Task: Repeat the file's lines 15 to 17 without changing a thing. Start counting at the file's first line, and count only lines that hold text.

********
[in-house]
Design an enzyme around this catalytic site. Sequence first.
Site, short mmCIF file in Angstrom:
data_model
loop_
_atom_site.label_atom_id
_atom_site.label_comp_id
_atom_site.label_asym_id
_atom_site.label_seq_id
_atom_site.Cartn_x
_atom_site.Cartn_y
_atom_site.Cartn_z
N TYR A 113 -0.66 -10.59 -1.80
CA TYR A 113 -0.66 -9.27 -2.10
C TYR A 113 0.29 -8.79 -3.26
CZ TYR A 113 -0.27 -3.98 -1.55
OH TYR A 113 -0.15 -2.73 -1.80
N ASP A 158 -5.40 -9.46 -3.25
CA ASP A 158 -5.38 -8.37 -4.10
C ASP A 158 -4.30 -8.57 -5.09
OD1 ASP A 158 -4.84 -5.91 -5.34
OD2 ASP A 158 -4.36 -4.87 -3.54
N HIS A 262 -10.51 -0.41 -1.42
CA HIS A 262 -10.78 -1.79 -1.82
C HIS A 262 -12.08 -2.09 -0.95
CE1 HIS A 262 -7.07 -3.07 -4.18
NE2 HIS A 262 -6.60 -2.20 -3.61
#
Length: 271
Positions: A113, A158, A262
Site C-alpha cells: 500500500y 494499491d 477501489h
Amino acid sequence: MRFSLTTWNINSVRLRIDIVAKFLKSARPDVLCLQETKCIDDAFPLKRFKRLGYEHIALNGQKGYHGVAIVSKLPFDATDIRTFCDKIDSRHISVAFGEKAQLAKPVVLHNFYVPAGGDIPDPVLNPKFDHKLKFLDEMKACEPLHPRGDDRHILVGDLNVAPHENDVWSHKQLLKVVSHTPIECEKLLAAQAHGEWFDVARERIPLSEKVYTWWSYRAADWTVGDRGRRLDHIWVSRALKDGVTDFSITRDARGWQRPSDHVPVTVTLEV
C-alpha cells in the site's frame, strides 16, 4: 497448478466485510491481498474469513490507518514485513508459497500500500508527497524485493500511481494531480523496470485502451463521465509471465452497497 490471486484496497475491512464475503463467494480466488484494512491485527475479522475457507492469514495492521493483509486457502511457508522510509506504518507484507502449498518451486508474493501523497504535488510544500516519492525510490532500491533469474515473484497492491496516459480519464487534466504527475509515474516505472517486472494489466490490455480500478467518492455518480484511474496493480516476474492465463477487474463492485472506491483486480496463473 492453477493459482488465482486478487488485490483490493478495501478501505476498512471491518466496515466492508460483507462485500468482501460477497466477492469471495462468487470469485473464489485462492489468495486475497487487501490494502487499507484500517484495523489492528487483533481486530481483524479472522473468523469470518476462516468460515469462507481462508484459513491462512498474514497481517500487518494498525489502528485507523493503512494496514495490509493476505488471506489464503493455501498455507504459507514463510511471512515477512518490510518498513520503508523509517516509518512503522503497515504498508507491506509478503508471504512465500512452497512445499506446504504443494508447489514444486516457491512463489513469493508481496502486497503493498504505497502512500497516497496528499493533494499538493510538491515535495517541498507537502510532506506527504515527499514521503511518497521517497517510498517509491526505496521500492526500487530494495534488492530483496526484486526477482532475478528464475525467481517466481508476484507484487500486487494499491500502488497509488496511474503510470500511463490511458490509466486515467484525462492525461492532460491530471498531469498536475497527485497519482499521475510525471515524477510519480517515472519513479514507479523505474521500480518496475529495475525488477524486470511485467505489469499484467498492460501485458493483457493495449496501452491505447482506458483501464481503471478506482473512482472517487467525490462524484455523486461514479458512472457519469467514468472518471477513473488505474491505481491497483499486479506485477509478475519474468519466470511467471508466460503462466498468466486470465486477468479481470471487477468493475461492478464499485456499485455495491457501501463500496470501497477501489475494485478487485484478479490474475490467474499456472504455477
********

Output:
C TYR A 113 0.29 -8.79 -3.26
CZ TYR A 113 -0.27 -3.98 -1.55
OH TYR A 113 -0.15 -2.73 -1.80